Toni loved her family.  She enjoyed those times when she traveled to Springfield to the Doctor with her mom.  They became special times that usually involved a stop at Chick-filet at the mall.  She and her dad had a special affection for White Castle restaurants. She was always there to support her brother and sister (as they were there to support her).  When she was in the hospital she was always asking how her mom and dad were holding up. She was concerned about whether her illness was traumatizing her nieces and nephews.  Even when she was really sick she was alert to the need of others.

Toni had a tender heart but also had a good sense of humor.  She loved to sing all kinds of music.  She liked to dance with her mom while they were in the car.  She enjoyed playing her “air guitar”.  When she was driving behind a painfully slow car she might show her exasperation by saying, “Ancient Chinese Secret: Drive Faster”.  She and Dustin would laugh on occasion when they heard the number 219.  If you convert 2 and 19 to their corresponding letters in the alphabet, you have the letters B and S.  So, 219 was a way of saying someone was lying to you or they weren’t doing their job.

Toni created good will in those around her.  She was a giver and not a taker.  It is not that she wasn’t wounded by the things other people did to her.  She just chose not to hold a grudge.  She refused to let others dictate how she would enjoy life.

As she approached her death it is impossible for us to know the fears she faced and the pain she endured.  We would have understood if she was bitter.  But she was not. She faced death not as an enemy but as a friend.  She told me that she was tired.  She was ready “to go home” to be with the Lord.  She was ready to get her new body.  With the Apostle Paul she was able to say, “for me, to live is Christ, and to die is gain”.  She knew what was ahead and faced it like she did everything else in her life: with courage.  I suspect that Toni Unger will enjoy Heaven to the fullest . . . just like she lived her life.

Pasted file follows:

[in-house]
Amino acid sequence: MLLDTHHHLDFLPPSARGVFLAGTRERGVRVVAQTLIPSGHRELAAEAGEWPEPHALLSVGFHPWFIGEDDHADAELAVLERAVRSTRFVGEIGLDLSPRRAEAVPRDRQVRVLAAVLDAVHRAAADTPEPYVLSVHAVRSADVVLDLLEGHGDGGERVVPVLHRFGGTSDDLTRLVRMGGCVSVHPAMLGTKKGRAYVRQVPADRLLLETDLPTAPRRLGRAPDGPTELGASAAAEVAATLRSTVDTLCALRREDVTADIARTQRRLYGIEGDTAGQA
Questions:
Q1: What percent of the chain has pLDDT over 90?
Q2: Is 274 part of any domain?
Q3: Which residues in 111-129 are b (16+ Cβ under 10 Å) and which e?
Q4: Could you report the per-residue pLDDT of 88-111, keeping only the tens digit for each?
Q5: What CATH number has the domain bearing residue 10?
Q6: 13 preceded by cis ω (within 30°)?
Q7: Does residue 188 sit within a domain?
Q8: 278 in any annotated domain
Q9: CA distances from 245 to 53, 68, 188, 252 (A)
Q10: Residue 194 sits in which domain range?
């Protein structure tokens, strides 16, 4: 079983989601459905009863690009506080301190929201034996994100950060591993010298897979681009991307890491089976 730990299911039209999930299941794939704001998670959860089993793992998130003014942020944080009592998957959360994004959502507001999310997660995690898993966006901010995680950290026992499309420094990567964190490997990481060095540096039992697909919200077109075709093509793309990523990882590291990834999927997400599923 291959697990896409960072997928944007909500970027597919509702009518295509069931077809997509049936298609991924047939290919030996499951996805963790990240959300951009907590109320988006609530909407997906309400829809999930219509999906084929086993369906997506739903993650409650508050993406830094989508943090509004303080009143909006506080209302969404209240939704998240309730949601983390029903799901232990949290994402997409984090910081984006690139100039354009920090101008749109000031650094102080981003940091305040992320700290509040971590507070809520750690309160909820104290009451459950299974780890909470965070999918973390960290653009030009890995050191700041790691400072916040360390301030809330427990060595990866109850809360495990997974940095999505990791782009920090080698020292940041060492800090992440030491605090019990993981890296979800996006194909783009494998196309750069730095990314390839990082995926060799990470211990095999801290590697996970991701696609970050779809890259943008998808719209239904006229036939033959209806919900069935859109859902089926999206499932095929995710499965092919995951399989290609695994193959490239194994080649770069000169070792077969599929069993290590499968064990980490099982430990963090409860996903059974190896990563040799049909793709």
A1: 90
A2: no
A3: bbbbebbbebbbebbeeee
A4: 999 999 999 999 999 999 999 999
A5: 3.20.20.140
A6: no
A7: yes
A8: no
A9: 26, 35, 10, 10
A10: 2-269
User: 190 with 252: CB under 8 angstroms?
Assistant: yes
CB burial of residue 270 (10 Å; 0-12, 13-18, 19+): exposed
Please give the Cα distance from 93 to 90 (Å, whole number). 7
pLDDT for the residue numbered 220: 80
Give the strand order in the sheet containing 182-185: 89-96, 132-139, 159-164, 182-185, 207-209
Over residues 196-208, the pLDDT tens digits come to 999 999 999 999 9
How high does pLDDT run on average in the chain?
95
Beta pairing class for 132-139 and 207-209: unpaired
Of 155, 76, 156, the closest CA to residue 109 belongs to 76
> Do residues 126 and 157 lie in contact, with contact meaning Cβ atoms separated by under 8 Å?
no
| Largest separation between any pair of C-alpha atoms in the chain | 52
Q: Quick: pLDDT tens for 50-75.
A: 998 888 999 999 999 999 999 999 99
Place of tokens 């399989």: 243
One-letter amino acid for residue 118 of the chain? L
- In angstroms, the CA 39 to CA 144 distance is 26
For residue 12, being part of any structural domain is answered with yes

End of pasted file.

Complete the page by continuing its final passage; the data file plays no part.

Comments from Lisa Nickerson


I was one of those greeted by Toni’s bright smile at Wal-mart, having had the privilege of working with her at the store for six years.  We quickly formed a friendship that extended outside the front doors of Wal-mart.  I was blessed to meet and come to know her family as well-partly through Lee’s substituting at LaHarpe High School, where I was also employed, and partly through Glenda’s occasional shopping at the store with Bridget and Dustin.

I learned that Toni was someone who could be confided in.  I even let her in on a secret past-time of mine-coloring books!  This week I searched through a drawer hoping to find some artwork of Toni’s.  I found two-I know they are hers, because I always ask people to sign their coloring book masterpieces.

Whether we were chatting over crayons on the floor in my living room, car-pooling to Wal-mart when Toni would go 12 miles out of her way to rescue this friend with a bum car, or enjoying a weekend trip to my parents, it was obvious that Toni was a true friend that I could share my heart with.  We had some similar life situations and experiences beyond our place of employment-both of us were oldest siblings and preacher’s daughters.  Both of us had attended Lincoln Christian College.  Toni and I were in constant wrestling matches with numbers on the scale.

I moved away some years ago from western Illinois and we lost contact.  I was saddened, blessed, and humbled when Lee contacted me last week saying that Toni had thought of me two days prior and would like to see me again before she went to heaven.   He gave me her cell phone number and after hanging up with Lee I called Toni.  I kept our   conversation brief as I sensed her struggle to breathe.  I asked if it was okay to come see her on Saturday and offered to bring a chick flick for us to watch together, but let her know that I would be just as happy sitting with her and catching up.